Published date01 December 2016
Date01 December 2016
Subject MatterEditorial
Studies in Indian Politics
4(2) vii
© 2016 Lokniti, Centre for the
Study of Developing Societies
SAGE Publications
DOI: 10.1177/2321023016665457
Studies in Indian Politics (SIP) began 4 years ago as an endeavour to present readers with scholarly
contributions that span the broad space called Indian Politics. This issue is an instance of that endeavour:
It covers issues and themes that touch upon as diverse areas of scholarship as political thinking, ethnic
politics in the northeast, gender and policing, health and NGOs and international water disputes. We
hope that readers would welcome this diversity of themes and approaches and that contributions like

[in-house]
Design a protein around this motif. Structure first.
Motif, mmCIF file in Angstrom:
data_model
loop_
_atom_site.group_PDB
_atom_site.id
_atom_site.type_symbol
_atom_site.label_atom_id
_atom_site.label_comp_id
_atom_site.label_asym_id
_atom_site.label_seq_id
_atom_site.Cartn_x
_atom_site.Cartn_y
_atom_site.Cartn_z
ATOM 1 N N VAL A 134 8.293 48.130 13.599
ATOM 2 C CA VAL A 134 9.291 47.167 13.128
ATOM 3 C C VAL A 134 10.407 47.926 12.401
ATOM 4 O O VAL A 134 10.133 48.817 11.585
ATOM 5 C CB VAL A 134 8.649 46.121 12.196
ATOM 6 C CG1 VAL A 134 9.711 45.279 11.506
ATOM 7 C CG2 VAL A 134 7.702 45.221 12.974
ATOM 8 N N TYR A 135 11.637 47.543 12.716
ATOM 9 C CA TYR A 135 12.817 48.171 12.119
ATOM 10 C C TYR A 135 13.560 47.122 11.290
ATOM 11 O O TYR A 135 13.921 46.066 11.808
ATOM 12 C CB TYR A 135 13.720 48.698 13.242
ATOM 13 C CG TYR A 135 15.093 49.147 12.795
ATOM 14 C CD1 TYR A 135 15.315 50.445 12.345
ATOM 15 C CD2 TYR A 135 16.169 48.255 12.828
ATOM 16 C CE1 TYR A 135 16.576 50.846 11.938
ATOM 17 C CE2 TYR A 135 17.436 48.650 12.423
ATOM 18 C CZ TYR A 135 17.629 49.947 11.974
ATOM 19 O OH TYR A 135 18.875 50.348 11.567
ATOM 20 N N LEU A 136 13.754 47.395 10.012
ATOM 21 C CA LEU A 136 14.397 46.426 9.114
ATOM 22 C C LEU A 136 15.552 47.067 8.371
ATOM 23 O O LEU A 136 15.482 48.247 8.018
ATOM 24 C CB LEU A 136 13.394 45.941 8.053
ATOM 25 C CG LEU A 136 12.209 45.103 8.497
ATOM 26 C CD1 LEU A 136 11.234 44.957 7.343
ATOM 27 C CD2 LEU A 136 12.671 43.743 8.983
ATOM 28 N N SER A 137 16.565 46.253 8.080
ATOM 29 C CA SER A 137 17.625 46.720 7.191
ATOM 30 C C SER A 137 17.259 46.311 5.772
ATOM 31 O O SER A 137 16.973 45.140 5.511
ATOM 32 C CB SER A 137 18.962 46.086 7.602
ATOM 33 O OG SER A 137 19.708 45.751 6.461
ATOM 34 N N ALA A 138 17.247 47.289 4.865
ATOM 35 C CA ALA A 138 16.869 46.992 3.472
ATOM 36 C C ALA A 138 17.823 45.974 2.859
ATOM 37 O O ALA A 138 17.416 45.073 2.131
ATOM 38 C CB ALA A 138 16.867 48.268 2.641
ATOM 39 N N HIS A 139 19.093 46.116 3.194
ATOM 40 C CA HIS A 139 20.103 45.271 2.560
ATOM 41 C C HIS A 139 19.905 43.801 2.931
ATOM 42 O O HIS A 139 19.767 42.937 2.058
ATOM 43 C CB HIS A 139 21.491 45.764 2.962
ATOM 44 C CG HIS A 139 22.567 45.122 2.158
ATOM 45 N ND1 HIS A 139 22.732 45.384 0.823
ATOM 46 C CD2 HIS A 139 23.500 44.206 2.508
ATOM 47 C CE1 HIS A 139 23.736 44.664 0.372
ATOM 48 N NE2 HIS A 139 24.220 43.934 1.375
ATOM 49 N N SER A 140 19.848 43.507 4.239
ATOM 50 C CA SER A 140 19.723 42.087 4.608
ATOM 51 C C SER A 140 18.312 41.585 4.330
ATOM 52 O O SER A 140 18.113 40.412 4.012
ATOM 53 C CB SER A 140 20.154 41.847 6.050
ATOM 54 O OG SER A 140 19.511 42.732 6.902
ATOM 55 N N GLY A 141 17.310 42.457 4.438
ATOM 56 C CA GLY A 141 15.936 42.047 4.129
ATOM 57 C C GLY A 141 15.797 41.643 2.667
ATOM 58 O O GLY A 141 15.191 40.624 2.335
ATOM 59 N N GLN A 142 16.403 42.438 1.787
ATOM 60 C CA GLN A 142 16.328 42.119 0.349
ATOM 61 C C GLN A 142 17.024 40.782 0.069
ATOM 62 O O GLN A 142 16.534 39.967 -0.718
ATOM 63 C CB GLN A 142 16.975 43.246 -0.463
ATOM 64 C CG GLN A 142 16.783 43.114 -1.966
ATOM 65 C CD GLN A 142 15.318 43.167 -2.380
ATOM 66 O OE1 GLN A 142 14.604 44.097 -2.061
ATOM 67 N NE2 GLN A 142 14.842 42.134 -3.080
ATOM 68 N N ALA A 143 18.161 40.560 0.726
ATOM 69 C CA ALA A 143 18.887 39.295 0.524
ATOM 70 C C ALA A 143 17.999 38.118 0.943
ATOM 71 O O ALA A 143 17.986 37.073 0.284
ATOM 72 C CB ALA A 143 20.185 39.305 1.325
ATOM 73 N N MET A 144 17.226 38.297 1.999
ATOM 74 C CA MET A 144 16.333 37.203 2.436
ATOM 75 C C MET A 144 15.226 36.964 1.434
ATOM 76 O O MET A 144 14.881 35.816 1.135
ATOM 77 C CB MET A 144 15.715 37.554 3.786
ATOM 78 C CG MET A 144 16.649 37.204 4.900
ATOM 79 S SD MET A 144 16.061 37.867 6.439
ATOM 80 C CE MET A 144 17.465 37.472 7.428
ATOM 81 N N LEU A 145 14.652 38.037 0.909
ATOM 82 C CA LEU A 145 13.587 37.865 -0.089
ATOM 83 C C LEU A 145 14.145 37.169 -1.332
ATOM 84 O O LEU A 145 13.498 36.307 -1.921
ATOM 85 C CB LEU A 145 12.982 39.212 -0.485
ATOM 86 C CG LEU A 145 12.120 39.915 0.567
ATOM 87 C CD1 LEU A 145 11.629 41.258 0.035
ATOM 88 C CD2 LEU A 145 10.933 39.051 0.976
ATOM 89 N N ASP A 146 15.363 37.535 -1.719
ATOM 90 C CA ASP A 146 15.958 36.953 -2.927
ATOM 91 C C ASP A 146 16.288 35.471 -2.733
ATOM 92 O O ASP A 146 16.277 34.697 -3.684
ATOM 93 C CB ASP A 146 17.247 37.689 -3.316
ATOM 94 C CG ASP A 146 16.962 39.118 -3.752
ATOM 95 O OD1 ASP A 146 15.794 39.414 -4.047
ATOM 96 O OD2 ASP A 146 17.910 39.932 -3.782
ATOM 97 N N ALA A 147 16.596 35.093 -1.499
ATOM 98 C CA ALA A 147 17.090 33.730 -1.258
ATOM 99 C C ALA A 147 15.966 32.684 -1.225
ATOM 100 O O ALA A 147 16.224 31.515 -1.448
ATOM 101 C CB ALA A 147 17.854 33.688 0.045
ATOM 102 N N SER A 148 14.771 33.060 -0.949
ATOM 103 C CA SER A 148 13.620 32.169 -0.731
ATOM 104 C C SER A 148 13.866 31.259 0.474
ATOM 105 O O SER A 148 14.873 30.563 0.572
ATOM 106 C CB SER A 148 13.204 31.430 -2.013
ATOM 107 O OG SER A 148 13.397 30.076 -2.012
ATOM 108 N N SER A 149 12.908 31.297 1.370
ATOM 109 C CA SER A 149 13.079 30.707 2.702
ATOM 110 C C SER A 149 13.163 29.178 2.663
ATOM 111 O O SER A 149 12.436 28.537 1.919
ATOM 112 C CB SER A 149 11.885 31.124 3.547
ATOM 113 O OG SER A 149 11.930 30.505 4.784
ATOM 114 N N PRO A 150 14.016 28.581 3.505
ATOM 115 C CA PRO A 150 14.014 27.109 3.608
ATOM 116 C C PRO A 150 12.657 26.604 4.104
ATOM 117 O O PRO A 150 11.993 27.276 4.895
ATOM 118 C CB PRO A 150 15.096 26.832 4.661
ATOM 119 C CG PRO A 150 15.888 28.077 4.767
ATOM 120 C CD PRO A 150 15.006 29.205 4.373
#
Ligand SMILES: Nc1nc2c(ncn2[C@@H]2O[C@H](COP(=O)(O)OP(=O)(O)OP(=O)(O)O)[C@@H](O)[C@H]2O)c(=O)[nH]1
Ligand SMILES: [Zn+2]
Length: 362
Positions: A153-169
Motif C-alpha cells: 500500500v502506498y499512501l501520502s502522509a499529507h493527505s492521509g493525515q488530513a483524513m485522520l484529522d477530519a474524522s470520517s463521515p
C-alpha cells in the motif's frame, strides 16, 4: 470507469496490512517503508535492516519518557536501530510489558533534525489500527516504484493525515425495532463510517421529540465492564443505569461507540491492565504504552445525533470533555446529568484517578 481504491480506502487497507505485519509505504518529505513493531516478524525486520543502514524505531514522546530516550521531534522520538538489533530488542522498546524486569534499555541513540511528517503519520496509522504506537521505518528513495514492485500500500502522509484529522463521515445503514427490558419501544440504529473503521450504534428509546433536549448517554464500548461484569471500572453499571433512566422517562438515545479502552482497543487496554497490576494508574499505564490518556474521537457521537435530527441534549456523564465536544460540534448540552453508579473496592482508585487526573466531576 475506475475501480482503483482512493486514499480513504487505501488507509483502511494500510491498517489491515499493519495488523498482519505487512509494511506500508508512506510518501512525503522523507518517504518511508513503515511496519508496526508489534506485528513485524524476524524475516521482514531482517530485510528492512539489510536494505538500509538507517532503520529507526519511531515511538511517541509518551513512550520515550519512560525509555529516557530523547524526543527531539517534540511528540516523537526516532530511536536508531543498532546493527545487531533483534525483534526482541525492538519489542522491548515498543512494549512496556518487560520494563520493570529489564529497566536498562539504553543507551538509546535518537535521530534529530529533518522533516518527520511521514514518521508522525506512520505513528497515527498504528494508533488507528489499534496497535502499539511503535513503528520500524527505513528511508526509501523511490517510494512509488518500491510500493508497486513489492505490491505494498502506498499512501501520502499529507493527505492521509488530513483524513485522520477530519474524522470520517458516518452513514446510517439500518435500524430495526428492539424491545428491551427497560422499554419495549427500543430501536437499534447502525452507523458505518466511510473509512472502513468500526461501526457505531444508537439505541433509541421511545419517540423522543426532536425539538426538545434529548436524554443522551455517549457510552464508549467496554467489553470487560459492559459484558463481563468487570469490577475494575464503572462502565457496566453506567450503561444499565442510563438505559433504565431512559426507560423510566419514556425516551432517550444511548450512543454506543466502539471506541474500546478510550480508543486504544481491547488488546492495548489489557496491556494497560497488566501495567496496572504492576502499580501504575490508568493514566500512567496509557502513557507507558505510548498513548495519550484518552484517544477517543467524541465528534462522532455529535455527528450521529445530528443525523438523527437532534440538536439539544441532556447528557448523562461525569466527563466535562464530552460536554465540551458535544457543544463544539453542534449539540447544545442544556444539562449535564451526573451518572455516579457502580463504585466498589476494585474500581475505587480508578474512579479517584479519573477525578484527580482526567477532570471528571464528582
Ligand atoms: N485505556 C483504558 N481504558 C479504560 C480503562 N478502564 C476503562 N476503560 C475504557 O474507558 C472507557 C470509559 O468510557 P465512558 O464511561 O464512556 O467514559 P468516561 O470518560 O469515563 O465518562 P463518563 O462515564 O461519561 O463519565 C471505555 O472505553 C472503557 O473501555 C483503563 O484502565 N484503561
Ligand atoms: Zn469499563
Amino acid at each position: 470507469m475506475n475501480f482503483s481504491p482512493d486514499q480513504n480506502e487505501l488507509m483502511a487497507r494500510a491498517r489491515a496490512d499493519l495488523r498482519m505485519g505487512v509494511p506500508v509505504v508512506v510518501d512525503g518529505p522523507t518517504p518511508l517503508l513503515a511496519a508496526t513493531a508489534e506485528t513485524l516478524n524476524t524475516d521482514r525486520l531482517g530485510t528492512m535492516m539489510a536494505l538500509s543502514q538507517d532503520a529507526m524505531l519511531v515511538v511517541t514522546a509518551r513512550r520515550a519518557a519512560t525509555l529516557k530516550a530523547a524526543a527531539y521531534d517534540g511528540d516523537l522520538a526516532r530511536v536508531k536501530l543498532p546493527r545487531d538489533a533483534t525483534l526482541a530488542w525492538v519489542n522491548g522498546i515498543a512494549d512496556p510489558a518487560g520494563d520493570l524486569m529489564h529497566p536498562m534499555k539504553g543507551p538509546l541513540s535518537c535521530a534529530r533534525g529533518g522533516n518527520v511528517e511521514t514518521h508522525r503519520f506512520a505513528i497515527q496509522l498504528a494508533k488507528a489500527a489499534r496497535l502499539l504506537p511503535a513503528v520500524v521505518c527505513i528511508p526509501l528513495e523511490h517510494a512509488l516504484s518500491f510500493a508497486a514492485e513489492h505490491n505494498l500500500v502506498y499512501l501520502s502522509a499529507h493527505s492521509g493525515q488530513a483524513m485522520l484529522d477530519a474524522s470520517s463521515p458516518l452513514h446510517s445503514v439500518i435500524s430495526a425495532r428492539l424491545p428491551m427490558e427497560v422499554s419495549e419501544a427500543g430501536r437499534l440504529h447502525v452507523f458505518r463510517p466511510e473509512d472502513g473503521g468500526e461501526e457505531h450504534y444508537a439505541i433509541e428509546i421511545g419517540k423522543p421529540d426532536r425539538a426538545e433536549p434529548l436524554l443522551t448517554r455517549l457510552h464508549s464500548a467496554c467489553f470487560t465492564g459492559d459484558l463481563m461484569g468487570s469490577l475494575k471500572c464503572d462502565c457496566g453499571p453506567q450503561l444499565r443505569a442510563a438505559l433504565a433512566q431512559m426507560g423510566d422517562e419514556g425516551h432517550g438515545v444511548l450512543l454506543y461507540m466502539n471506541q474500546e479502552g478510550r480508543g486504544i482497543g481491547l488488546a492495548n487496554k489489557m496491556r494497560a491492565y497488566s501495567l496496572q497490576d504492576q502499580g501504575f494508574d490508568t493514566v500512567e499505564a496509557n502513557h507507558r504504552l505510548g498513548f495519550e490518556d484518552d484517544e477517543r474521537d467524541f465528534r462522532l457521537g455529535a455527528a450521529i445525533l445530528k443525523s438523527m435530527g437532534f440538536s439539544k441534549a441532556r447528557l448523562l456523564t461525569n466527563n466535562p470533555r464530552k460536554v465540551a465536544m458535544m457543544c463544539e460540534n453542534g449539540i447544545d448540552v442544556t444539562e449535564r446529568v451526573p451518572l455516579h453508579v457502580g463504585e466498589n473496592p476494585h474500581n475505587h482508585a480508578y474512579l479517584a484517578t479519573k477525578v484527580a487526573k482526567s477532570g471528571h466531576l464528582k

these would ensure the broadening of the field of Indian Politics.
At the same time, this issue also includes an article on the recent (and ongoing) controversy that
erupted during this year—the Patel agitation in Gujarat over their inclusion in the category of backward
classes. Indeed, this issue is not merely confined to Gujarat. Patels of Gujarat are agitating; so are many
other communities elsewhere (for instance, for a brief period, the Kapus of Andhra Pradesh came on the
streets with a similar demand). As India’s political economy enters a delicate phase of limited growth,
narrow employment base and the political ascendance of the middle classes, the clamour for inclusion in
the group of beneficiaries of the affirmative action policies has markedly increased among the communi-
ties that were once described as the ‘middle peasantry’. It is noteworthy also that from the same

To continue reading

Request your trial

VLEX uses login cookies to provide you with a better browsing experience. If you click on 'Accept' or continue browsing this site we consider that you accept our cookie policy. ACCEPT